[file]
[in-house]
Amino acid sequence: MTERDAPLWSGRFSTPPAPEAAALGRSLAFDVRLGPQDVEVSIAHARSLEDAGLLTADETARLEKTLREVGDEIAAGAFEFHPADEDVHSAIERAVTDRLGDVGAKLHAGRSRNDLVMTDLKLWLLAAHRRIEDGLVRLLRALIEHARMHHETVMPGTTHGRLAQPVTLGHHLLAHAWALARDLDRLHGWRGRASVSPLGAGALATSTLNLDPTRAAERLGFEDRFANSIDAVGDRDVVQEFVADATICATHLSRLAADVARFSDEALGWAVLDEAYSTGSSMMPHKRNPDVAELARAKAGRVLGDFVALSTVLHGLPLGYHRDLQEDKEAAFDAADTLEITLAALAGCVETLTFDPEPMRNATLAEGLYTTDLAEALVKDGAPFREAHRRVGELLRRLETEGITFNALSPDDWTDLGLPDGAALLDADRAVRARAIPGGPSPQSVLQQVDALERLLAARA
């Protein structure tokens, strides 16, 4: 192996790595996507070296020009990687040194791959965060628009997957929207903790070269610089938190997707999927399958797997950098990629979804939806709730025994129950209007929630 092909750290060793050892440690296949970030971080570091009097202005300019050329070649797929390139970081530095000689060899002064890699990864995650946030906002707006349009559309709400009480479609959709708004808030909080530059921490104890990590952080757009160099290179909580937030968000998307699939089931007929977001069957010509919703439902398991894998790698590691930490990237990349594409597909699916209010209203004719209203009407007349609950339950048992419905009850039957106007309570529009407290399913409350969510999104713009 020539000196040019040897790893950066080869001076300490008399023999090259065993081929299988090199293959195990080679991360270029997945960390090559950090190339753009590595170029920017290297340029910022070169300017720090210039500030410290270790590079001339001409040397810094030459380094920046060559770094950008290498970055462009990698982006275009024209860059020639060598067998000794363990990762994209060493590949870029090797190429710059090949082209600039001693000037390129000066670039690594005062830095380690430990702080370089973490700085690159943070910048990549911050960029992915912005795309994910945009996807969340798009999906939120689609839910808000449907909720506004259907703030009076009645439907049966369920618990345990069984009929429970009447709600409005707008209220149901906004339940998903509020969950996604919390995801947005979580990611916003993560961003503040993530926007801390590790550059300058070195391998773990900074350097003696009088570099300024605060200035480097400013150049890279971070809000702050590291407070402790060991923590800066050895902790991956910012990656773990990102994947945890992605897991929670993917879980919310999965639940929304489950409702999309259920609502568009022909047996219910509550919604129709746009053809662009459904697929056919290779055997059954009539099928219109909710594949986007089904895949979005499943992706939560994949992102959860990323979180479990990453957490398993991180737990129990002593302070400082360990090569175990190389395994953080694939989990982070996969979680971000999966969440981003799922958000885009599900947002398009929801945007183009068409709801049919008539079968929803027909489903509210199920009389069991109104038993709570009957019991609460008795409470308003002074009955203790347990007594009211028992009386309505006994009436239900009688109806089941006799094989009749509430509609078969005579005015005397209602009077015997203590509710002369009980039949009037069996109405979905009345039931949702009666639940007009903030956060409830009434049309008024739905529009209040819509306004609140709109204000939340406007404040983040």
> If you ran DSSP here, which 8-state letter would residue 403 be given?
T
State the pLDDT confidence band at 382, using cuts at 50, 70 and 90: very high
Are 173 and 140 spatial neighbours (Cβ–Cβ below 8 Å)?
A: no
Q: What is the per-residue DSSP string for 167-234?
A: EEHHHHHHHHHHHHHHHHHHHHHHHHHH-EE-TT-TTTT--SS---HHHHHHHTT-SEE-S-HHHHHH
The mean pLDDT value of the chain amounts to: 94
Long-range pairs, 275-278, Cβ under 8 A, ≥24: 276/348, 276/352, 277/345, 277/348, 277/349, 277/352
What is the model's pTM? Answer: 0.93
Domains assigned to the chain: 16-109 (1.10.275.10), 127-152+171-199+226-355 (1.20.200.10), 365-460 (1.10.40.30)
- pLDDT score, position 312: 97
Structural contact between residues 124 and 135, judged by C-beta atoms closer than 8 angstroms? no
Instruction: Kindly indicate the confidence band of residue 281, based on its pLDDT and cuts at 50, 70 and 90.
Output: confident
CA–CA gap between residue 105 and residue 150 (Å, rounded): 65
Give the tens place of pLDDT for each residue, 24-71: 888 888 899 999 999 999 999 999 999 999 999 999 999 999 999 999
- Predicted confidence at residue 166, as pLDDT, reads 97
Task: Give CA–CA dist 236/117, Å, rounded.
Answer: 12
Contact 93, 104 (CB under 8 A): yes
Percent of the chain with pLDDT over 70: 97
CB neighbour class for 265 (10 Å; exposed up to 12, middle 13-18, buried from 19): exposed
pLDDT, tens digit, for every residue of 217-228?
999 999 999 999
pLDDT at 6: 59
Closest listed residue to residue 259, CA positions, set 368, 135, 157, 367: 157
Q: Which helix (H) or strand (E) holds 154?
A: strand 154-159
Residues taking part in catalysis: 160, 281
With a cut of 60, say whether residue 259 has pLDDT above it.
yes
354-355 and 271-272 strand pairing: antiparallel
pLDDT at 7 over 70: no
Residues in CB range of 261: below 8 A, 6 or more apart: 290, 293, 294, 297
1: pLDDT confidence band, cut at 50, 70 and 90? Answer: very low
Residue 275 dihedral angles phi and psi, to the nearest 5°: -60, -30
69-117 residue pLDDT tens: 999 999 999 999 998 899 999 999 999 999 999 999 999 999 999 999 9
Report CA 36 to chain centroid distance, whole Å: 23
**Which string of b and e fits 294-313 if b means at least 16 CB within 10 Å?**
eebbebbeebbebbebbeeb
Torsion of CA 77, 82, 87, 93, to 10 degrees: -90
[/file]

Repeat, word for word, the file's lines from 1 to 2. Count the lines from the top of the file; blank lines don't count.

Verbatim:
[in-house]
Amino acid sequence: MTERDAPLWSGRFSTPPAPEAAALGRSLAFDVRLGPQDVEVSIAHARSLEDAGLLTADETARLEKTLREVGDEIAAGAFEFHPADEDVHSAIERAVTDRLGDVGAKLHAGRSRNDLVMTDLKLWLLAAHRRIEDGLVRLLRALIEHARMHHETVMPGTTHGRLAQPVTLGHHLLAHAWALARDLDRLHGWRGRASVSPLGAGALATSTLNLDPTRAAERLGFEDRFANSIDAVGDRDVVQEFVADATICATHLSRLAADVARFSDEALGWAVLDEAYSTGSSMMPHKRNPDVAELARAKAGRVLGDFVALSTVLHGLPLGYHRDLQEDKEAAFDAADTLEITLAALAGCVETLTFDPEPMRNATLAEGLYTTDLAEALVKDGAPFREAHRRVGELLRRLETEGITFNALSPDDWTDLGLPDGAALLDADRAVRARAIPGGPSPQSVLQQVDALERLLAARA